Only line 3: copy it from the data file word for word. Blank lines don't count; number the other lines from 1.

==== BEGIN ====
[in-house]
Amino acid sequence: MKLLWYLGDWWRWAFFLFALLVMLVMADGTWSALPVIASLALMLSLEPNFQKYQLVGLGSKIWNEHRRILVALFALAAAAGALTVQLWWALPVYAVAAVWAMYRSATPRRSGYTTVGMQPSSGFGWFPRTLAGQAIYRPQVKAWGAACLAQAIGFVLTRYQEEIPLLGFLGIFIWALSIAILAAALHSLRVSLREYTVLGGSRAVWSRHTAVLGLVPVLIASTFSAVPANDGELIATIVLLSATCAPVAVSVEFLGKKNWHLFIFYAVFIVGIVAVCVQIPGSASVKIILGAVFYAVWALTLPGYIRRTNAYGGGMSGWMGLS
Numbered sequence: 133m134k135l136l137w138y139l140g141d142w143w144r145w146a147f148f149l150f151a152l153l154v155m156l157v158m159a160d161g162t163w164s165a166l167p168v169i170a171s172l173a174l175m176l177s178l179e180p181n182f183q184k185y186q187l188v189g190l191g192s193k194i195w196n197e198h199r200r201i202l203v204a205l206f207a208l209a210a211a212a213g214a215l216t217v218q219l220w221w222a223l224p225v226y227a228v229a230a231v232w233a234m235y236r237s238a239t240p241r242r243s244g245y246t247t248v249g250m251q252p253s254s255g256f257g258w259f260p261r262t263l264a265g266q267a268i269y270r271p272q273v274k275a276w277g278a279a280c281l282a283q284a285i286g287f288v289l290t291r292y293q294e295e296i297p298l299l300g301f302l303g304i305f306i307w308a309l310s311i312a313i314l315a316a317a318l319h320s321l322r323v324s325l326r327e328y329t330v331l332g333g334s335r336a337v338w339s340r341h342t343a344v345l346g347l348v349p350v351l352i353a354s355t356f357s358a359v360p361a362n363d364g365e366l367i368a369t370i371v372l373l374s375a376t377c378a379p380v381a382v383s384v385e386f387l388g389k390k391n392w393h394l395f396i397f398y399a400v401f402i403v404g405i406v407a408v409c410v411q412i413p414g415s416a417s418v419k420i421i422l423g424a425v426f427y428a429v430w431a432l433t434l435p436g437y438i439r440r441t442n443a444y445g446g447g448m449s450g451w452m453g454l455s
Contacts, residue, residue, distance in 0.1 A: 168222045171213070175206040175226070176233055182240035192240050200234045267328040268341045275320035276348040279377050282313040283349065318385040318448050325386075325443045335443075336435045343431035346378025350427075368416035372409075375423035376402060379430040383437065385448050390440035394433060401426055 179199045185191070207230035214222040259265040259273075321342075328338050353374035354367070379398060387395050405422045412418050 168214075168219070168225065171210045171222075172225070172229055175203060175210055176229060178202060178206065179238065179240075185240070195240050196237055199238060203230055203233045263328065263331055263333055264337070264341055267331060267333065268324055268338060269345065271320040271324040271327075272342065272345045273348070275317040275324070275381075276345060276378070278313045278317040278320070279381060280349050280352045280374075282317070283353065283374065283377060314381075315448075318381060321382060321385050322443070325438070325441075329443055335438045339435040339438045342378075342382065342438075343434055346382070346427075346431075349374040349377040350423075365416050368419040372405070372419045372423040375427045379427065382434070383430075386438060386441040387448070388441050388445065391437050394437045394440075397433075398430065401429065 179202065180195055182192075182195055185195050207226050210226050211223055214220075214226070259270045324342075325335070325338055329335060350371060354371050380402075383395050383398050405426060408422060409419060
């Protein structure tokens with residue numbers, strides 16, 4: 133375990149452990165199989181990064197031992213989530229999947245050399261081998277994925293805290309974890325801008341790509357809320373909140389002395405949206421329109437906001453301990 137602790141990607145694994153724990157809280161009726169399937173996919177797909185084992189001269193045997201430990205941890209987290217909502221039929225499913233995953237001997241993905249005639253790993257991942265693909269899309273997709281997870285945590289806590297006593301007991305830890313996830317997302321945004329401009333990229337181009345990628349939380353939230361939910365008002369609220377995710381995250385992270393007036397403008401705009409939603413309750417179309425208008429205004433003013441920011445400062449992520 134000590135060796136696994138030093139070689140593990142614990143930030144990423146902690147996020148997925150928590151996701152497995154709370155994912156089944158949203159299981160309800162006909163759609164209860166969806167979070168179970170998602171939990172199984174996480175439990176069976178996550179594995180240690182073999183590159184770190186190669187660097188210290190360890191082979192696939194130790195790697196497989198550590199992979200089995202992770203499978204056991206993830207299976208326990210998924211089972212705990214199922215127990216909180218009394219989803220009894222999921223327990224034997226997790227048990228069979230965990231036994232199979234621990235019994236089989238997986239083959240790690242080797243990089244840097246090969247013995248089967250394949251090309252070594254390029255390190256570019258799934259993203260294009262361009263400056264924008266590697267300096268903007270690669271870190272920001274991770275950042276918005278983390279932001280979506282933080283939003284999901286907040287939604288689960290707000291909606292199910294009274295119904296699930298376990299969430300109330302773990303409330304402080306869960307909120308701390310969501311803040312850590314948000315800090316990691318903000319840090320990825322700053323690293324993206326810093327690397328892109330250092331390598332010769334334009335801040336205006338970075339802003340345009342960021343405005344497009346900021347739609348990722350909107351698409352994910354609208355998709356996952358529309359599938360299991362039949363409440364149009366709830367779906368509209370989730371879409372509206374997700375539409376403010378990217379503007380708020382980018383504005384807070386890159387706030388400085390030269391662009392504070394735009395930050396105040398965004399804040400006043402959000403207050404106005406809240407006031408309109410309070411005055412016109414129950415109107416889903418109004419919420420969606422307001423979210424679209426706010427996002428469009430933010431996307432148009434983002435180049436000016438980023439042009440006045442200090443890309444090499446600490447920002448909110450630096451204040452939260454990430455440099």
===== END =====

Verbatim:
Numbered sequence: 133m134k135l136l137w138y139l140g141d142w143w144r145w146a147f148f149l150f151a152l153l154v155m156l157v158m159a160d161g162t163w164s165a166l167p168v169i170a171s172l173a174l175m176l177s178l179e180p181n182f183q184k185y186q187l188v189g190l191g192s193k194i195w196n197e198h199r200r201i202l203v204a205l206f207a208l209a210a211a212a213g214a215l216t217v218q219l220w221w222a223l224p225v226y227a228v229a230a231v232w233a234m235y236r237s238a239t240p241r242r243s244g245y246t247t248v249g250m251q252p253s254s255g256f257g258w259f260p261r262t263l264a265g266q267a268i269y270r271p272q273v274k275a276w277g278a279a280c281l282a283q284a285i286g287f288v289l290t291r292y293q294e295e296i297p298l299l300g301f302l303g304i305f306i307w308a309l310s311i312a313i314l315a316a317a318l319h320s321l322r323v324s325l326r327e328y329t330v331l332g333g334s335r336a337v338w339s340r341h342t343a344v345l346g347l348v349p350v351l352i353a354s355t356f357s358a359v360p361a362n363d364g365e366l367i368a369t370i371v372l373l374s375a376t377c378a379p380v381a382v383s384v385e386f387l388g389k390k391n392w393h394l395f396i397f398y399a400v401f402i403v404g405i406v407a408v409c410v411q412i413p414g415s416a417s418v419k420i421i422l423g424a425v426f427y428a429v430w431a432l433t434l435p436g437y438i439r440r441t442n443a444y445g446g447g448m449s450g451w452m453g454l455s